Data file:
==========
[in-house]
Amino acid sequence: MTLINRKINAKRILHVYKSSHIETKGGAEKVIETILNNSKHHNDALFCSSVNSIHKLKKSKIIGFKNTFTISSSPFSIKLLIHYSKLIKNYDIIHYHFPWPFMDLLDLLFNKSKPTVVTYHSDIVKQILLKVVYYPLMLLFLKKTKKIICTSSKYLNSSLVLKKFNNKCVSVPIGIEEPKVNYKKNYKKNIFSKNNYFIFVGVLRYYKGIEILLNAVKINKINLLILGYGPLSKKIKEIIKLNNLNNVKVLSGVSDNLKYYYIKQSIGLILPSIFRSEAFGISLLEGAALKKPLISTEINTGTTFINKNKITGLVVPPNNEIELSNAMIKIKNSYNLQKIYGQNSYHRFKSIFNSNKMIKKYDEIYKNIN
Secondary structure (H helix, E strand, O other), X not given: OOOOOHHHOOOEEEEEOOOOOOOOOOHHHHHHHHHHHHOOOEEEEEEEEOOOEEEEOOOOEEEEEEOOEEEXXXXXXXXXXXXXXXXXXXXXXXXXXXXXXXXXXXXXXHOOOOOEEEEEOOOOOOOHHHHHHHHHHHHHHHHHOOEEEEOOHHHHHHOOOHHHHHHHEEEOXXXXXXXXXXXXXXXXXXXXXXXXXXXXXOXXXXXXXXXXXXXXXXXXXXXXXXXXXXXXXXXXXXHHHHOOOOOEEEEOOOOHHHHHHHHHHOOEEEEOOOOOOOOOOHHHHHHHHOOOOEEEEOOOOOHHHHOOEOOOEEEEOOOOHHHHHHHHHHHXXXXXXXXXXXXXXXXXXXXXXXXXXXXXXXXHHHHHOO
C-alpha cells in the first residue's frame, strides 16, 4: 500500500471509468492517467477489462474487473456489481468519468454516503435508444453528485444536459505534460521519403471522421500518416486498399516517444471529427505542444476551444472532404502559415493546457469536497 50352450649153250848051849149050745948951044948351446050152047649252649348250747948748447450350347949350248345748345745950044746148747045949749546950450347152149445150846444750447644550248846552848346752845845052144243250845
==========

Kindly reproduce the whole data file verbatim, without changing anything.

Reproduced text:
[in-house]
Amino acid sequence: MTLINRKINAKRILHVYKSSHIETKGGAEKVIETILNNSKHHNDALFCSSVNSIHKLKKSKIIGFKNTFTISSSPFSIKLLIHYSKLIKNYDIIHYHFPWPFMDLLDLLFNKSKPTVVTYHSDIVKQILLKVVYYPLMLLFLKKTKKIICTSSKYLNSSLVLKKFNNKCVSVPIGIEEPKVNYKKNYKKNIFSKNNYFIFVGVLRYYKGIEILLNAVKINKINLLILGYGPLSKKIKEIIKLNNLNNVKVLSGVSDNLKYYYIKQSIGLILPSIFRSEAFGISLLEGAALKKPLISTEINTGTTFINKNKITGLVVPPNNEIELSNAMIKIKNSYNLQKIYGQNSYHRFKSIFNSNKMIKKYDEIYKNIN
Secondary structure (H helix, E strand, O other), X not given: OOOOOHHHOOOEEEEEOOOOOOOOOOHHHHHHHHHHHHOOOEEEEEEEEOOOEEEEOOOOEEEEEEOOEEEXXXXXXXXXXXXXXXXXXXXXXXXXXXXXXXXXXXXXXHOOOOOEEEEEOOOOOOOHHHHHHHHHHHHHHHHHOOEEEEOOHHHHHHOOOHHHHHHHEEEOXXXXXXXXXXXXXXXXXXXXXXXXXXXXXOXXXXXXXXXXXXXXXXXXXXXXXXXXXXXXXXXXXXHHHHOOOOOEEEEOOOOHHHHHHHHHHOOEEEEOOOOOOOOOOHHHHHHHHOOOOEEEEOOOOOHHHHOOEOOOEEEEOOOOHHHHHHHHHHHXXXXXXXXXXXXXXXXXXXXXXXXXXXXXXXXHHHHHOO
C-alpha cells in the first residue's frame, strides 16, 4: 500500500471509468492517467477489462474487473456489481468519468454516503435508444453528485444536459505534460521519403471522421500518416486498399516517444471529427505542444476551444472532404502559415493546457469536497 50352450649153250848051849149050745948951044948351446050152047649252649348250747948748447450350347949350248345748345745950044746148747045949749546950450347152149445150846444750447644550248846552848346752845845052144243250845